Parents come in all shapes, sizes, ages and genders, and I am one. Or am I?
I'm a parent of children and pets. I'm not a plant parent though, because I cannot be trusted to keep even the hardiest of succulents alive.
But some have said I'm not a Real Mum™️ and I want to discuss that, particularly now, because October is Pregnancy and Infant Loss Awareness Month and Friday is Pregnancy and Infant Loss Remembrance Day.
After 11 miscarriages and no surviving pregnancies, I have stopped trying to birth a child.
I have two step-daughters who are cared for by their three parents who adore them, and a foster son who is absolutely loved by his parents, both bio and carers.
But I have been told (with actual words from an actual friend's mouth) that step/foster kids don't count, and I am often left out of things because I am not a Real Mum™️; also my girls' primary school refused to let my eldest make two Mother's Day presents (one for me, one for her other mum) three years in a row.
And, if we push down deep the pain that this causes me, and the constant reminder that my body isn't doing what I want it to do, and the crushing heartbreak of wanting to have a baby so desperately while suffering loss after loss after loss, it's actually really disrespectful to my kids to completely diminish their life experience, minimise their love, and tell them that something that is very real to all of us is nothing.
So, I want to talk about why I am, in fact, a Real Mum™️ and give you plenty of anecdotal evidence that proves the fact in full, without question and leaving no uncertainty that I am in the Mum Club.
1. Since 2011, I have had to check my clothes before leaving the house to make sure there is no Weetbix, pasta, hand prints or snot on them. I spent a large portion of 2013 - 2015 with pasta sauce smeared on my left breast, because that's where the youngest would sit at dinner and I was her napkin. She still sits there, but on the right hand side we now have a toddler and his Vegemite. I am still a napkin.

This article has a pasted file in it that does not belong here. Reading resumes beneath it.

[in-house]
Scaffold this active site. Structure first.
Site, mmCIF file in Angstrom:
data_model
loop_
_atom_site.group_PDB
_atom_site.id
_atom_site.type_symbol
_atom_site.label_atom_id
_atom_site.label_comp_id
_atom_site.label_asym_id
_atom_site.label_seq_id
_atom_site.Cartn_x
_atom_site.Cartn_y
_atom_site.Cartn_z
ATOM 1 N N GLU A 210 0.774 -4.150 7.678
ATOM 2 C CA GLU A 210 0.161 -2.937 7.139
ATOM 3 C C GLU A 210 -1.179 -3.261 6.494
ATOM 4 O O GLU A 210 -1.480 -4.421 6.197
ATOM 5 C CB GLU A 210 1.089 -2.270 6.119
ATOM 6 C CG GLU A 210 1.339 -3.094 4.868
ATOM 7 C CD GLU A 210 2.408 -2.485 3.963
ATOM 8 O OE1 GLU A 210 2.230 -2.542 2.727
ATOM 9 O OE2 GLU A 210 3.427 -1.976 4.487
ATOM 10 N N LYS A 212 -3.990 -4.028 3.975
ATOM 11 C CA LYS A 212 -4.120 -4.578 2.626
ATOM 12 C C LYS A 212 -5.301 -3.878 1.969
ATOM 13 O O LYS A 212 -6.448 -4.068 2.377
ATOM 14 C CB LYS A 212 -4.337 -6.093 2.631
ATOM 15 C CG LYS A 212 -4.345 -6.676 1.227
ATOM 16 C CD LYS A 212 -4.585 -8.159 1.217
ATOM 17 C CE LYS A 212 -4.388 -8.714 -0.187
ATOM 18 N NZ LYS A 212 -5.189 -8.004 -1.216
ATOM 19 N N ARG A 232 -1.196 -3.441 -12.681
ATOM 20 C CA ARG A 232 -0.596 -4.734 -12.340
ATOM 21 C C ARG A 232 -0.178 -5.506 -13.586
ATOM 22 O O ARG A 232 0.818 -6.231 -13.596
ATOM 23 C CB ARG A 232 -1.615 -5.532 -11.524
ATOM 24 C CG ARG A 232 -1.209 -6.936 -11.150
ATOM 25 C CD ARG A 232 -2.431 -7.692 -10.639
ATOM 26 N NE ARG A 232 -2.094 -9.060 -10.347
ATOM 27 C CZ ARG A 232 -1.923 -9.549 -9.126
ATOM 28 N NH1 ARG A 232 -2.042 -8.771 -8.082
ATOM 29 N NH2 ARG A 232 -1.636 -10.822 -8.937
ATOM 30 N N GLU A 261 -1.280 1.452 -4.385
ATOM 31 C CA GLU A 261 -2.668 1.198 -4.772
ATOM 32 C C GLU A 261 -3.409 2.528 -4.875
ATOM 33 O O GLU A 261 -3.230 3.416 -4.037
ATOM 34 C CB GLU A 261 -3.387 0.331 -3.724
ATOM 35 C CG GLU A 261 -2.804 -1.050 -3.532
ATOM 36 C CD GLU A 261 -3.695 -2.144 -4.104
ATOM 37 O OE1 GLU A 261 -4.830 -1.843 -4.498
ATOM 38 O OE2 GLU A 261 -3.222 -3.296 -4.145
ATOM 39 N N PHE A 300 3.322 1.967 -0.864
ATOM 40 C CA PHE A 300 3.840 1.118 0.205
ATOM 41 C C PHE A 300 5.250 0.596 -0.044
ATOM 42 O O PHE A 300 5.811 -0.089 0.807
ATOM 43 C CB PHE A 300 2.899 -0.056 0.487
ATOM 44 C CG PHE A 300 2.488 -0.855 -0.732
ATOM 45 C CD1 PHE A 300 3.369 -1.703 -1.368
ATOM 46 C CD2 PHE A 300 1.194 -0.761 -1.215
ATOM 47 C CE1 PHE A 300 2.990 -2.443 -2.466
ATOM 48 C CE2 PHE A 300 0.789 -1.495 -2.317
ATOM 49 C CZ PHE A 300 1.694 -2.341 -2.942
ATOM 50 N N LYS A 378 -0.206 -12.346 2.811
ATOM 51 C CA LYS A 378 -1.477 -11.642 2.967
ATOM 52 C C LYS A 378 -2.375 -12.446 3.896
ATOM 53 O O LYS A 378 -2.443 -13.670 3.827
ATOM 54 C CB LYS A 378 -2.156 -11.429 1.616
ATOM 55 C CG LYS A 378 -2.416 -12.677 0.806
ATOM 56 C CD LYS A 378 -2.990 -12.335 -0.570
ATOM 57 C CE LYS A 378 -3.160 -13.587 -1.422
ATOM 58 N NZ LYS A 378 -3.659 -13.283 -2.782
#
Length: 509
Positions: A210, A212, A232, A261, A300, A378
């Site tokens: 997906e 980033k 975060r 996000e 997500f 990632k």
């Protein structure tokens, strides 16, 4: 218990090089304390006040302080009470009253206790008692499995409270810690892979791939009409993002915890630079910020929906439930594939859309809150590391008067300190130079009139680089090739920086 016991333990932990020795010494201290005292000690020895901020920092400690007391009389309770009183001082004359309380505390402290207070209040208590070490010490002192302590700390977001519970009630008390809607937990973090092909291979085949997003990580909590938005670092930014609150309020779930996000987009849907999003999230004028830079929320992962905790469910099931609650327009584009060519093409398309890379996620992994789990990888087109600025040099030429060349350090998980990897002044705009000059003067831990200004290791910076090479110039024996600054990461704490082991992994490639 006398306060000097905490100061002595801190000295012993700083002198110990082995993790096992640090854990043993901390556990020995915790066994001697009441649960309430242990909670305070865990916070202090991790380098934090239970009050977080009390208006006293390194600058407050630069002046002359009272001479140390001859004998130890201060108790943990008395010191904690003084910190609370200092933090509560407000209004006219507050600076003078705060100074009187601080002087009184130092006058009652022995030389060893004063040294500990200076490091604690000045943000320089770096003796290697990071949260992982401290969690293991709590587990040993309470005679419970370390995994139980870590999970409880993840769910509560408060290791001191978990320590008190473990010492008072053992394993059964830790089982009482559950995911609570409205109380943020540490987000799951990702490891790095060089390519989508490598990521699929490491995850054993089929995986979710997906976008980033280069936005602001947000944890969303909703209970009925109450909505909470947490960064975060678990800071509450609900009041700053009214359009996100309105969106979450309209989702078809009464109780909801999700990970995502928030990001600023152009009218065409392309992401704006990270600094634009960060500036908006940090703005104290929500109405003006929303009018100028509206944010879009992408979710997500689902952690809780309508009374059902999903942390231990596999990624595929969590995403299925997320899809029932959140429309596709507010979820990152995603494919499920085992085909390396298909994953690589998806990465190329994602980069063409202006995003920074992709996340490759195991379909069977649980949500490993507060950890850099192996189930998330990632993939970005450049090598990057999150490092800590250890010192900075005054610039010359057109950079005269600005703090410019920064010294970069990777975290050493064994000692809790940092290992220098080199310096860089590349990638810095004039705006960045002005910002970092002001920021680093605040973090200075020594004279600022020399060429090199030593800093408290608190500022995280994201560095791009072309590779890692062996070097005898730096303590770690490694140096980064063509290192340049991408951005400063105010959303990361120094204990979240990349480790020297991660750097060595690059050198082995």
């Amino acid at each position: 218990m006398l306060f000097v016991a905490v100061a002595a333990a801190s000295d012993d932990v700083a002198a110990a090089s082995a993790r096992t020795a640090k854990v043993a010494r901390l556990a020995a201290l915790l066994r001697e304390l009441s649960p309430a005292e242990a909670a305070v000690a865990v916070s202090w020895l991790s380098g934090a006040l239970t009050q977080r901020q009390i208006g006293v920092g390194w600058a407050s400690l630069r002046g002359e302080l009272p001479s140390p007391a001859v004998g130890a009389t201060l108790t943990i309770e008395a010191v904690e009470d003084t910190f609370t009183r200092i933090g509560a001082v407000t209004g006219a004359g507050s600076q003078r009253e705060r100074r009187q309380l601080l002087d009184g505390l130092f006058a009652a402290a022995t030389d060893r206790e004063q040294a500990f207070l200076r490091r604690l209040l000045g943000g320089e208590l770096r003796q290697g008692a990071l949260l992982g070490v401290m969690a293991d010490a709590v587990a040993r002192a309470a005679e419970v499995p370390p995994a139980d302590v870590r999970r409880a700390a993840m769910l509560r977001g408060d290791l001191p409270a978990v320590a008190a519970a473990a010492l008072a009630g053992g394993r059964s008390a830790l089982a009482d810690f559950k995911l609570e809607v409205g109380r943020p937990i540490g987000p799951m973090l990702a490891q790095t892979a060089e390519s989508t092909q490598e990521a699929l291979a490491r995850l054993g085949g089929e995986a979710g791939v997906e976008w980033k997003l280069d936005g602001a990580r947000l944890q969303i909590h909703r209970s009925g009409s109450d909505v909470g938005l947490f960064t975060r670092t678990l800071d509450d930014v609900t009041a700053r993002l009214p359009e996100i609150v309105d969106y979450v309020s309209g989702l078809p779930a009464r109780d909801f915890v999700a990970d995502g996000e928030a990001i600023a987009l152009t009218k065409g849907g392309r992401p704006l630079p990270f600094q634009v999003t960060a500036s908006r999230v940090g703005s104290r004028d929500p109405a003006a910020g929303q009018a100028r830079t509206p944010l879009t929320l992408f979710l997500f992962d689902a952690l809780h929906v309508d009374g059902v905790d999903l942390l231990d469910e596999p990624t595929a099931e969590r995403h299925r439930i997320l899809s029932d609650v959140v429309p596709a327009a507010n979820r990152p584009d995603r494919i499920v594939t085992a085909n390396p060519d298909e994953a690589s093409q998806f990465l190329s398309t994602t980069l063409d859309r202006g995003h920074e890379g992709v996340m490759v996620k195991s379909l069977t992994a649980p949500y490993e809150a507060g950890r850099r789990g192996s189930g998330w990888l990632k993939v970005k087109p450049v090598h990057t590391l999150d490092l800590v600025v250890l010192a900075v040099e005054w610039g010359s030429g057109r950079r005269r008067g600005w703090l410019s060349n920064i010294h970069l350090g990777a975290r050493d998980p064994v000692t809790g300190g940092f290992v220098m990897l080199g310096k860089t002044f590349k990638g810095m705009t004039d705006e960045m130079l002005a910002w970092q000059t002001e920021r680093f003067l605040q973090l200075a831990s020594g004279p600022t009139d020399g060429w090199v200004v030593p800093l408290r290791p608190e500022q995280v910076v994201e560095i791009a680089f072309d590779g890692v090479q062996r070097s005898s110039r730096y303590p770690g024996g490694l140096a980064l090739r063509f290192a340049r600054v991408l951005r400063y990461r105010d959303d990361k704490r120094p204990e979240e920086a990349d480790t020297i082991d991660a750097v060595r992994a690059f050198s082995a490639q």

2. Sometimes I go out and get MumDrunk. If you're not familiar with MumDrunk it's like being drunk in your early 20s, but rather than trying to pretend you're not drunk in front of your parents, you're trying to act sober in front of the babysitter while you eat the fries you found in your cleavage. It's being three pinot gris in and your eyes glazing over because you're so tired and desperate for your baggy jarmy pants, but someone else is looking after the kids so you WILL have those tequila shots, thank you very much, and, heck yes you'll sing that Natalie Imbruglia song at karaoke and everything else is tomorrow's problem.
3. I dance with my elbows. I move only from the waist up, doing the Mum Boogie. My hips don’t lie. In fact, they barely say a damned thing anymore. This is probably more of an 'I have endometriosis and adenomyosis' thing, rather than a mum thing, but it does affect my overall 'cool' status which I think plays into the Real Mum thing. Do kids even say, 'cool' anymore?
4. I sing the wrong words to songs and say my tweens’ favourite character names wrong, and my Spotify algorithm is whacked. It's all Wiggles, Little Mix, Teeny Tiny Stevies, Harry Styles, Adele and Kylie. To be honest, I don't hate it. It's a very balanced diet. Also, I will watch TV with the kids, point at the screen and say things like, 'Who's that guy? The one who's in that show and also the movie? You know, Chris something? Or Ryan? Chris Ryan? He played the guy that did the thing with the guns and the boat. You know? Google it for me, I don't know where my phone is.'
5. I love each one of my children with my entire heart, unconditionally and unreservedly. I would walk through fire for them, lay down my life for them, and stand in the way of any harm that threatened them. I overthink every parenting decision I make hoping it's the best one, I feel awful if I ever hurt or upset them and I don't always get it right but I do my absolute best for them. My heart is full of endless pride, love, respect, admiration, and adoration for them every single day. I have loved each second of watching them grow and I can't wait to walk through life with them as adults too. They are an enormous part of me and I cannot imagine my life without them.
So, what does it take to be a Real Mum™️? Do I need to have evacuated a baby from my uterus in order to fit in at school pick up? Is sharing DNA crucial to the raising of a child?
Or is it about love, acceptance and patience? Because maybe we could all do with a bit more of that.
Mums, dads, caregivers, step-parents, foster parents, kinship carers, grandparents, aunties, uncles, anyone who is stepping up, showing up and guiding a child safely through life, who loves and protects them, I see you. You're a Real Hero™️.
Libby Trainor Parker
Photo by Nat Rogers